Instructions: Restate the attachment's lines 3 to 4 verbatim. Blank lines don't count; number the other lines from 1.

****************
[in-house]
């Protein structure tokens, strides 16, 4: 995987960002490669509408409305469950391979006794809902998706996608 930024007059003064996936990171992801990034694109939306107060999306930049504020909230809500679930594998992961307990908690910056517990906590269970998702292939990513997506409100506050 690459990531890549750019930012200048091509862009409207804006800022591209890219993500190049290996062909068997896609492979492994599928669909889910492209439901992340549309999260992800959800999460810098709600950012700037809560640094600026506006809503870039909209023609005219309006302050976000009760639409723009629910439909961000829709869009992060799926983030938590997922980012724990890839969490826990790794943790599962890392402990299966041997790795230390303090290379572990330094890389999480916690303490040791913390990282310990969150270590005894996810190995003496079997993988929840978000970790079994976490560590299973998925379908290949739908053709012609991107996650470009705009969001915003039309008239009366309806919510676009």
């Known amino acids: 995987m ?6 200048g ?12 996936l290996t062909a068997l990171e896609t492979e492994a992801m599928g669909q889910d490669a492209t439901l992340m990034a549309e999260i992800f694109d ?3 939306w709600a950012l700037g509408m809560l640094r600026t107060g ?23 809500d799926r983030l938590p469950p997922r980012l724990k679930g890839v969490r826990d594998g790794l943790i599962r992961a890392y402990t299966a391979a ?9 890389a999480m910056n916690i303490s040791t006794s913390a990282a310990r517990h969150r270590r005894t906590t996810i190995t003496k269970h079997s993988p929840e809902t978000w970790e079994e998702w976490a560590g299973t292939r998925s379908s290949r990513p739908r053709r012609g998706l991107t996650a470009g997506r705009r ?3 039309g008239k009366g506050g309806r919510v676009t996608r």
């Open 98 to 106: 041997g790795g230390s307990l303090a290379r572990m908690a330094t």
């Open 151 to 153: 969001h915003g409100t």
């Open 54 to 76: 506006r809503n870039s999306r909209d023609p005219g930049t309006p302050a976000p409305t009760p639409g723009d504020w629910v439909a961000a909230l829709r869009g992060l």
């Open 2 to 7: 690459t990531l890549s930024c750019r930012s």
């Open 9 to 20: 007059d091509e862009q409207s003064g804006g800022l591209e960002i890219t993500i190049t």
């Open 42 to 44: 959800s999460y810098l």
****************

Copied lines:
């Known amino acids: 995987m ?6 200048g ?12 996936l290996t062909a068997l990171e896609t492979e492994a992801m599928g669909q889910d490669a492209t439901l992340m990034a549309e999260i992800f694109d ?3 939306w709600a950012l700037g509408m809560l640094r600026t107060g ?23 809500d799926r983030l938590p469950p997922r980012l724990k679930g890839v969490r826990d594998g790794l943790i599962r992961a890392y402990t299966a391979a ?9 890389a999480m910056n916690i303490s040791t006794s913390a990282a310990r517990h969150r270590r005894t906590t996810i190995t003496k269970h079997s993988p929840e809902t978000w970790e079994e998702w976490a560590g299973t292939r998925s379908s290949r990513p739908r053709r012609g998706l991107t996650a470009g997506r705009r ?3 039309g008239k009366g506050g309806r919510v676009t996608r």
């Open 98 to 106: 041997g790795g230390s307990l303090a290379r572990m908690a330094t």